Solid tumors have a wider array of potential targets than blood cancers, and the antigens expressed on solid tumors are often also found at low levels on normal cells. The overlap in antigen expression between tumor cells and healthy tissue has led to severe toxicity in early solid-tumor CAR-T therapy clinical trials, despite promising results in earlier animal models. Along with the judicious selection of antigen targets, an important parameter for the clinical success of CAR-T therapy will be the development of animal models that better represent the human immune system and the differential expression of the target antigen.
The challenge of selecting a target antigen is compounded by the heterogeneity of antigen expression in solid tumors. This heterogeneity is likely one important reason for the diminished initial and durable CAR T response (3). Heterogeneous expression means that some tumor cells may express an antigen more strongly than others, and some may not express that antigen at all. A CAR-T therapy targeting a cancer-specific antigen that was heterogeneously expressed would miss tumor cells not expressing that antigen and would be less effective on cells weakly expressing that target.
One proposed approach to circumvent the lack of cancer-specific, consistently expressed antigens on solid tumors is engineering CAR T that can identify multiple targets. This could be achieved by genetically engineering multiple CARs into the same T cell or engineering a receptor that would recognize more than one target antigen. However, multi-target CAR Ts can carry an elevated risk of severe side effects from off-target effects (4).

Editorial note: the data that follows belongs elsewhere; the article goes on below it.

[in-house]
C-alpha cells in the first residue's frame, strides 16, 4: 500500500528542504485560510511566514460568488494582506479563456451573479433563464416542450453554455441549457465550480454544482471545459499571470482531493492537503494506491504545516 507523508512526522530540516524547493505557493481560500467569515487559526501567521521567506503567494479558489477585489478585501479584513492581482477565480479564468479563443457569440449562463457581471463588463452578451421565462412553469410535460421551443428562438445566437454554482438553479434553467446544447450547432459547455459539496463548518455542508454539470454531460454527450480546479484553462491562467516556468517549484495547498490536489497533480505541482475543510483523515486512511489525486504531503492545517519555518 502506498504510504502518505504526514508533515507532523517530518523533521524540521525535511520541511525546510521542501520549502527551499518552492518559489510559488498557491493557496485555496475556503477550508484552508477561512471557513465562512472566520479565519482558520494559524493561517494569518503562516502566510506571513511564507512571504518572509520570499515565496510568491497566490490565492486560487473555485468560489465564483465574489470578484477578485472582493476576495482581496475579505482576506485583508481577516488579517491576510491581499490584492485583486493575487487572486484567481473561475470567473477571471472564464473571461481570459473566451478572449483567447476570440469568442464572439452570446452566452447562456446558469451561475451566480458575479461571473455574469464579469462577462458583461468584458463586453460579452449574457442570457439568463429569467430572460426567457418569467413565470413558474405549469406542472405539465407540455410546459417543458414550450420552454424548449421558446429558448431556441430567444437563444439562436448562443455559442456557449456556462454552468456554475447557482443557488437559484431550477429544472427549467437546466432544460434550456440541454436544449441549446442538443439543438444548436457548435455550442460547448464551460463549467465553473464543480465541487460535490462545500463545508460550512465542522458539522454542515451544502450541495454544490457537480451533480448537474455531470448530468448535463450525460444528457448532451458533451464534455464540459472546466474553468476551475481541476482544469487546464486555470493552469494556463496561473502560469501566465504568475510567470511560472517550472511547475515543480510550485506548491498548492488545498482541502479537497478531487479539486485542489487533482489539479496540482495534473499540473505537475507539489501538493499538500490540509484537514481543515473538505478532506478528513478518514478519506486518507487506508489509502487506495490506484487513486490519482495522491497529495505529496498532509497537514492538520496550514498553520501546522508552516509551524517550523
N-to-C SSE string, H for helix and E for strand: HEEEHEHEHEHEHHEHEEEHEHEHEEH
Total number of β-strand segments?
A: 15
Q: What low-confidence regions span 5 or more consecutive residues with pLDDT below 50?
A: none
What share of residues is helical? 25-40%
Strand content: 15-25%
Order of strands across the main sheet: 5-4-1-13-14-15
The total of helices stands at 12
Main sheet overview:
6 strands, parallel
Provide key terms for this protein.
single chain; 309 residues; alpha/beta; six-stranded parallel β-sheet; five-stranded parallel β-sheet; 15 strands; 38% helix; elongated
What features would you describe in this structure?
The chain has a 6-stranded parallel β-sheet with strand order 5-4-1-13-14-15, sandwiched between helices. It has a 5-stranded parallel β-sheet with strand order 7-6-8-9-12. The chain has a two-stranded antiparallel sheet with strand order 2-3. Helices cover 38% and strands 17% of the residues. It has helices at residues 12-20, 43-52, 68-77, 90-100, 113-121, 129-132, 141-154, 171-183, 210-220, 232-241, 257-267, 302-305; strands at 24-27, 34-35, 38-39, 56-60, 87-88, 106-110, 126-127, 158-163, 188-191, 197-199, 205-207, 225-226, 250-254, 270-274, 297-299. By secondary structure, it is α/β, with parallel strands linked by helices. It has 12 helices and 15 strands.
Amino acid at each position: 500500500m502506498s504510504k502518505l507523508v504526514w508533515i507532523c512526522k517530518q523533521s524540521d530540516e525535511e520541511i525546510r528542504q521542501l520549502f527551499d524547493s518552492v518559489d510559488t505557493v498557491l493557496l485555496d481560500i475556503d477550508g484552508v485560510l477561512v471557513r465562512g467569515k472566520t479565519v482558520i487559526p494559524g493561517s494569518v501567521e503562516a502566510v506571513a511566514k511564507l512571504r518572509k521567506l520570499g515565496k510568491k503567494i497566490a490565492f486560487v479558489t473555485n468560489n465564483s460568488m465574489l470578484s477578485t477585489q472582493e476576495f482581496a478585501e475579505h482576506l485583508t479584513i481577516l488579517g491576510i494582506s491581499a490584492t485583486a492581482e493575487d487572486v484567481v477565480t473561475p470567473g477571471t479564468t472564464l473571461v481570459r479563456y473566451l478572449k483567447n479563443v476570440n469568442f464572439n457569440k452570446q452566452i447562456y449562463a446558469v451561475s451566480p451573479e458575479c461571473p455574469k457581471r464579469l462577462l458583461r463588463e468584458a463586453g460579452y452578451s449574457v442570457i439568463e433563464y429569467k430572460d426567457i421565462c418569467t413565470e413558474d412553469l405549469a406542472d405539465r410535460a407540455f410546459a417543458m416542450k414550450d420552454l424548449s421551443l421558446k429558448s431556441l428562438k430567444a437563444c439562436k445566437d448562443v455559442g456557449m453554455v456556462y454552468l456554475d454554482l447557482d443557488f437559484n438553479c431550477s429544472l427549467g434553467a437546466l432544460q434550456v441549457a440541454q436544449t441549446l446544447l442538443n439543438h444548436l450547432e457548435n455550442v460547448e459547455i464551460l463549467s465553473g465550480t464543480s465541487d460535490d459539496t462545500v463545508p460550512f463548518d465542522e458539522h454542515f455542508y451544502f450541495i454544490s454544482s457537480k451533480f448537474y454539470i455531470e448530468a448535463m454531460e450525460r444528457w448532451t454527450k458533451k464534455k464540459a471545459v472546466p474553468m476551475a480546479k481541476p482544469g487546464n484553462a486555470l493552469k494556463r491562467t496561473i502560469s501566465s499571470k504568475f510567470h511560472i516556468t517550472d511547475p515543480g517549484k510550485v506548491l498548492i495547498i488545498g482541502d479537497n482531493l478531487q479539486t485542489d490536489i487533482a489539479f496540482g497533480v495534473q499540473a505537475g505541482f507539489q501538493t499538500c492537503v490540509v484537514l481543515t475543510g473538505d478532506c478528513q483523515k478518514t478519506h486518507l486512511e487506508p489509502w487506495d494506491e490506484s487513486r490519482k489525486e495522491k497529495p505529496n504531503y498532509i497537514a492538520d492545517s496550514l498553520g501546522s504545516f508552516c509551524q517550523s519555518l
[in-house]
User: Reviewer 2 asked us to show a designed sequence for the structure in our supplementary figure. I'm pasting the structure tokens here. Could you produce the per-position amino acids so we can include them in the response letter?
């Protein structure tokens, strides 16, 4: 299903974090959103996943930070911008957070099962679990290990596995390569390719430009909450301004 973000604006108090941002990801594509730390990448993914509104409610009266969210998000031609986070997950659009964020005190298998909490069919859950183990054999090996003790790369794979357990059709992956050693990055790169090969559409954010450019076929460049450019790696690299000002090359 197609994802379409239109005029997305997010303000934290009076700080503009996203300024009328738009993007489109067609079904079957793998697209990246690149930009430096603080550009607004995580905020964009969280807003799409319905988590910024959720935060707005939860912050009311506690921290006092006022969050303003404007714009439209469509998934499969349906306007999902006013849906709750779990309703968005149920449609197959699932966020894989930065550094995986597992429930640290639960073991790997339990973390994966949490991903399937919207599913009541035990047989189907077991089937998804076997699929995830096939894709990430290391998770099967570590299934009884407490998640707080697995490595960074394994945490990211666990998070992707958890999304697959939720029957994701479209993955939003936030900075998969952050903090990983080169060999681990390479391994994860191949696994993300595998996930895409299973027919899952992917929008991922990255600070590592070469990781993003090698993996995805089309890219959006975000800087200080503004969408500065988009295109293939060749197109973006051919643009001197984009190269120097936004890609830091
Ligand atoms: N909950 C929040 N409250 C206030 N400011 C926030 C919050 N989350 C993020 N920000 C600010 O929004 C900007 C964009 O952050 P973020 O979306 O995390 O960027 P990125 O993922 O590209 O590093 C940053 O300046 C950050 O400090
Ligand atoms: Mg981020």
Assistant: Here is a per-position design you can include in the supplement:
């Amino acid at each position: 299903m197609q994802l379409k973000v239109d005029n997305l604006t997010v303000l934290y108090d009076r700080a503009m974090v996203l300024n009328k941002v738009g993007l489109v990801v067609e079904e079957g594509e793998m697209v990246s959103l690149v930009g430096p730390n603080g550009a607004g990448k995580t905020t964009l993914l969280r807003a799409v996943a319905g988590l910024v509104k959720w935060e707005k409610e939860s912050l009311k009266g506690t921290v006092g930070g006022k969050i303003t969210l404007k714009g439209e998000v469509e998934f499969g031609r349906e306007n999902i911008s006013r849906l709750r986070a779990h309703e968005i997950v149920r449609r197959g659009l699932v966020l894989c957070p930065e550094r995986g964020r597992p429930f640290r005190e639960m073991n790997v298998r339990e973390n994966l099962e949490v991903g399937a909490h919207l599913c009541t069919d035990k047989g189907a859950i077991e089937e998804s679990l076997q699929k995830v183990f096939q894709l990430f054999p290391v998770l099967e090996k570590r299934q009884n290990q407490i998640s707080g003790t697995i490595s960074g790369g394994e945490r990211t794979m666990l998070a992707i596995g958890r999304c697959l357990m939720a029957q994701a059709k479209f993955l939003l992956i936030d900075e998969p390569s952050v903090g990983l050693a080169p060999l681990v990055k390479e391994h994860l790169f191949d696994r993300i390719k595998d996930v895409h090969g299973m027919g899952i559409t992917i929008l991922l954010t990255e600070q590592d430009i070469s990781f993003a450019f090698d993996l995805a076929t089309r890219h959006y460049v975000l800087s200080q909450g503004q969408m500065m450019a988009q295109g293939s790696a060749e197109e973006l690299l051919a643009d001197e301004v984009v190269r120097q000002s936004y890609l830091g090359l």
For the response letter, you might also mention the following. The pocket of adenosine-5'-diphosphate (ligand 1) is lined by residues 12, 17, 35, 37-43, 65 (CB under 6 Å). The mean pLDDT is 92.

Individual antigens for targeting solid tumors are also under investigation. Cancers sometimes express embryonic genes, such as CLDN6, which are silenced after birth (5). CLDN6, which enables cancers to metastasize, is present in most testicular cancers, as well as in some ovarian, non-small cell lung, gastric, breast, and endometrial cancers. Still, targeting CLDN6 carries some danger of off-target effects, as the protein is expressed at low levels in the pancreas and liver, and a protein with a similar structure, CLDN9, is expressed throughout the body.
A 2022 Phase I/IIa trial of CLDN6-directed CAR-T therapy, called BNT211-01, displayed one of the first examples of CAR T efficacy in solid tumors (6). Initial trial results reported tumor shrinkage in 33% of 21 patients with seven different tumor types, including one testicular cancer patient who went into complete remission. Two additional solid-tumor targets have also shown preliminary promise in clinical trials: a study treating glioblastoma with interleukin 13 receptor subunit alpha 2 (IL13Ra2)-directed CAR-T cells and CAR-T cells targeting prostate stem cell antigen for prostate cancer (7,8).